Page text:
I do picture them all outside.

Dawn:

Right? Don’t you picture them all outside in robes?

Tad:

Yeah.

Dawn:

Playing with each other’s hair.

Tad:

Or do they have hair? We should make one.

Dawn:

A recording?

Tad:

Yeah, let’s make a recording.

Dawn:

For who? For the aliens.

Tad:

I don’t know, just for us. What would we say, if we had to send this to aliens, what would we say about ourselves?

Dawn:

I’d record your snoring. If they haven’t already heard it.

Tad:

I’d record your tsk.

Dawn:

Yeah.

Tad:

Let’s make one.

Dawn:

How are we going to get it to the aliens?

Tad:

We’ll send it to the neighbors.

Dawn:

Oh, they’re going to think we’re so weird.

Tad:

We’ll throw it over the fence.

Dawn:

They’ll call the monitors.

Tad:

Are we doing anything illegal?

Dawn:

No. Technically it’s a gift.

Tad:

How could it make our relationship with them any worse than it is now?

Dawn:

All right.

Tad:

Get the recorder.

Dawn:

Okay.

Tad:

All right.

Dawn:

Do you know what you’re going to say?

Tad:

No.

Dawn:

Okay, me neither.

Tad:

Say hello.

Dawn:

Okay, ready? One, two.

Tad:

Go.

Dawn:

Hello.

Tad:

Greetings.

Dawn:

This is Dawn.

Tad:

And this is Tad, and we are your neighbors.

Dawn:

And we know nothing about you.

Tad:

But we’d like to tell you about us. My favorite time of day is the morning before anyone else is woken up.

Dawn:

And my favorite time is at night after Tad falls asleep.

Tad:

We like to be by ourselves.

Dawn:

We do, but near the other one.

Tad:

[crosstalk 00:12:47].

Dawn:

When I open my mouth first thing in the morning [crosstalk 00:12:54].

Rose Eveleth:

I love this one.

TK Dutes:

Yeah.

Rose Eveleth:

I don’t know there’s something so funny and lovely about just these two people or not people, aliens talking to each other.

TK Dutes:

Right.

Rose Eveleth:

The moment when you realize that they’re aliens.

TK Dutes:

Yeah.

Rose Eveleth:

It’s just like, I don’t know. I feel like every time I hear it, I have that moment where I’m like, “Oh right. These aren’t humans.” It’s just such a lovely reversal and a lovely way to think about the ways in which people or creatures or aliens might be so similar to us and have that universal galactic fights with neighbors and these little clips in their relationship. I just love it.

TK Dutes:

It’s also the moment where we realize that we’re the aliens in this, right? It’s the flip and it’s so funny to hear them go through… I mean, I don’t know. People’s terror is not funny, but the beginning where they were terrified. And then eventually they came to the realization that, “Whoa, this is like a thing that other beings decided to send us and maybe we should make our own and how much fun would that be.” And then they like Frisbee it over the fence.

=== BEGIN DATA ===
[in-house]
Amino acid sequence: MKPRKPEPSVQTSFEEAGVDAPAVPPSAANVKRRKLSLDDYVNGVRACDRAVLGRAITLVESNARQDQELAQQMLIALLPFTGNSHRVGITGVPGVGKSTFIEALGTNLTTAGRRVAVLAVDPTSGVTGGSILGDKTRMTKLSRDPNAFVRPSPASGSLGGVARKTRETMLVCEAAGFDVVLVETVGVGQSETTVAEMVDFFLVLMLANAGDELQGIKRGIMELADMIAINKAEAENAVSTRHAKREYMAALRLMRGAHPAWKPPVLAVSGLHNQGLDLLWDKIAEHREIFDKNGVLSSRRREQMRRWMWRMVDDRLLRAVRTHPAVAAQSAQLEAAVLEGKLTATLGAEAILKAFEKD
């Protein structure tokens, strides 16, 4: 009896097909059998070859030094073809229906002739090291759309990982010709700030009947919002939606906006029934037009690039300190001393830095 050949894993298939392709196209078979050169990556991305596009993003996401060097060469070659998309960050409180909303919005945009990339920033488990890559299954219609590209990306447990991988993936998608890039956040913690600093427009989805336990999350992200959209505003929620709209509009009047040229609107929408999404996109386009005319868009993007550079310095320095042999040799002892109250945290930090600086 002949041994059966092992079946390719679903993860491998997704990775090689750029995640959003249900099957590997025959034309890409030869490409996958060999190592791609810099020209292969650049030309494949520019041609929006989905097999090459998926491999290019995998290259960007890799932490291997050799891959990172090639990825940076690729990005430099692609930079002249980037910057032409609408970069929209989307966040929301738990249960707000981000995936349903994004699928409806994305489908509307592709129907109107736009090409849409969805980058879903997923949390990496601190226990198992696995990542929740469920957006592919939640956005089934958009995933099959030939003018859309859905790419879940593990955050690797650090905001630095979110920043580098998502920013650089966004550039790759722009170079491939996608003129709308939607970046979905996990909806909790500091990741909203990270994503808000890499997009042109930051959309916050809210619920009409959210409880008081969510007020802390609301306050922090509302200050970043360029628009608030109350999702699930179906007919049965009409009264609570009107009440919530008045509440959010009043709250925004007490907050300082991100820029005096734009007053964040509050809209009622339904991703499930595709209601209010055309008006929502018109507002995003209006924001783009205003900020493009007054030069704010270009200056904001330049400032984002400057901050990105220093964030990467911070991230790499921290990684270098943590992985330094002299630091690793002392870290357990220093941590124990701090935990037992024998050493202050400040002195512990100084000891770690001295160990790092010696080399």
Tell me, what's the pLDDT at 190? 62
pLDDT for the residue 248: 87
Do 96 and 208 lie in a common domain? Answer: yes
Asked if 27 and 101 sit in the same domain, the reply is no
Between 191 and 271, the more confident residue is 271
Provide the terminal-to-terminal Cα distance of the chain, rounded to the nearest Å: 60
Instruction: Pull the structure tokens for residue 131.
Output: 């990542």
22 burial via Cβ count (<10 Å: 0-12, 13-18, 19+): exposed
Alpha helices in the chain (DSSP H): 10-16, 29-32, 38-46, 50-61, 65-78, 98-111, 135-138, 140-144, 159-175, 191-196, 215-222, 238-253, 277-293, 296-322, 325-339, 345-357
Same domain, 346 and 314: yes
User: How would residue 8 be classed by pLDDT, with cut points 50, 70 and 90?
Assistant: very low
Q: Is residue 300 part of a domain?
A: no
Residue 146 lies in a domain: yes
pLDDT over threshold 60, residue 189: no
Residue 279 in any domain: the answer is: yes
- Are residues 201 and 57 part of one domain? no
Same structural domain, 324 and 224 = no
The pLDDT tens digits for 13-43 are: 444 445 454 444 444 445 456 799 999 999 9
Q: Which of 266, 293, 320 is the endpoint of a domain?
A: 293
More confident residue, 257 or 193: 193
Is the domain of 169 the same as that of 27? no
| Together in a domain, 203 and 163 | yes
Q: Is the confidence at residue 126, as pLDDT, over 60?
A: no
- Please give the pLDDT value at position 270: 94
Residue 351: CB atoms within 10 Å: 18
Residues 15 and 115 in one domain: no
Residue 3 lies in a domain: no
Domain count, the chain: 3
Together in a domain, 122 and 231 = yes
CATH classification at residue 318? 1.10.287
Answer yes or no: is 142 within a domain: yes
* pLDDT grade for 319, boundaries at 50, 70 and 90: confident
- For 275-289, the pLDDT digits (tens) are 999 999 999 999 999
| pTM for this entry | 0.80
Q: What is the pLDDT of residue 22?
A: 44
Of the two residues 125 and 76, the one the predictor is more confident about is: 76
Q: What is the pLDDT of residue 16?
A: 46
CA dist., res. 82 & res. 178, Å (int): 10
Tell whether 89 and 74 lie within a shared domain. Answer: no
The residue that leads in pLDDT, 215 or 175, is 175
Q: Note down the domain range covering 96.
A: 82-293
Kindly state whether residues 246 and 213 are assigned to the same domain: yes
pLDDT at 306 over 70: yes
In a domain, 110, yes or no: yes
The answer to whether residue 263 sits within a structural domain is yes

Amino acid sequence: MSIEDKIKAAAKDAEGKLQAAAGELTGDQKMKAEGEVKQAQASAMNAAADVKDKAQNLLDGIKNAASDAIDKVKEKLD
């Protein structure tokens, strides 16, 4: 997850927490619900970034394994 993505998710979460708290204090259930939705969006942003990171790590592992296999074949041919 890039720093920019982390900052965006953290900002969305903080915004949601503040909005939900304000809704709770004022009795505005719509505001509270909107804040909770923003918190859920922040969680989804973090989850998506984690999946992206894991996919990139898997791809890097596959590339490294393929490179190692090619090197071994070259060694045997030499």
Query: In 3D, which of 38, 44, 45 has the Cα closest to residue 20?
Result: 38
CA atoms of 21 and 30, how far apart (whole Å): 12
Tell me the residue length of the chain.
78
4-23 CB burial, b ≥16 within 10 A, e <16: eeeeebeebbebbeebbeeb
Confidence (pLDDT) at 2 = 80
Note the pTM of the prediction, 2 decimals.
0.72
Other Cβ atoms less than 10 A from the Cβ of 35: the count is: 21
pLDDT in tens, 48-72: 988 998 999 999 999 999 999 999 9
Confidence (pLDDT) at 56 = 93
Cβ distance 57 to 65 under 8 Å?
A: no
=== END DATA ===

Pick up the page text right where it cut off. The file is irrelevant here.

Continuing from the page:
Rose Eveleth:

Yeah. I love that, too. And I love thinking about when the golden record was created, how did you figure out what to put on it? And the realization that some of the things we might try to broadcast might actually be terrifying to whoever gets them because they have no context. I’m excited for you all to hear the interview, because one of the things that I wanted to know from Jonathan, the creator of this piece is if he were making a golden record, what he would put on it. Having listened to and thought about the reactions that people might have to the actual golden record. So, let’s just go to Jonathan’s interview, and after this quick break, you’re going to hear him talk about that. Hi, Jonathan. Thank you so much for coming on the show.

Jonathan Mitchell:

Hi. Sure, it’s my pleasure.

Rose Eveleth:

So let’s start with the origin story maybe of this piece, how did this piece come together?

Jonathan Mitchell:

Okay. Well, I had a couple ideas for a while. I’d heard about this gold record that was sent out into space. There’s two of them. And I’d heard about it and I thought it would be interesting to do a story about the aliens who find it. I’m really interested in the idea that… So earth is completely not unique at all, and that there’s a virtually infinite number of planets just like earth in the vast, vast universe. And I think that earth is kind of like a particular kind of flower that grows in the universe. It’s like a rose or something like that.

Rose Eveleth:

Why, thank you.

Jonathan Mitchell:

And it develops a certain kind of way. And there’re enough instances of it that the same kind of life evolution patterns would replicate on other planets, a virtually infinite number of times. Even if it’s only 10% of the time, that’s still virtually infinite. And so, I guess I’m really fascinated by the idea that, biologically there’re creatures exactly like us on other planets that have kind of evolved technologically in very, very similar ways. They probably have a different culture, just like different cultures on earth. The range of possibilities maybe is something similar to what the range of possibilities we might find on earth. Maybe it’s broader, but it’s kind of an analogous kind of thing.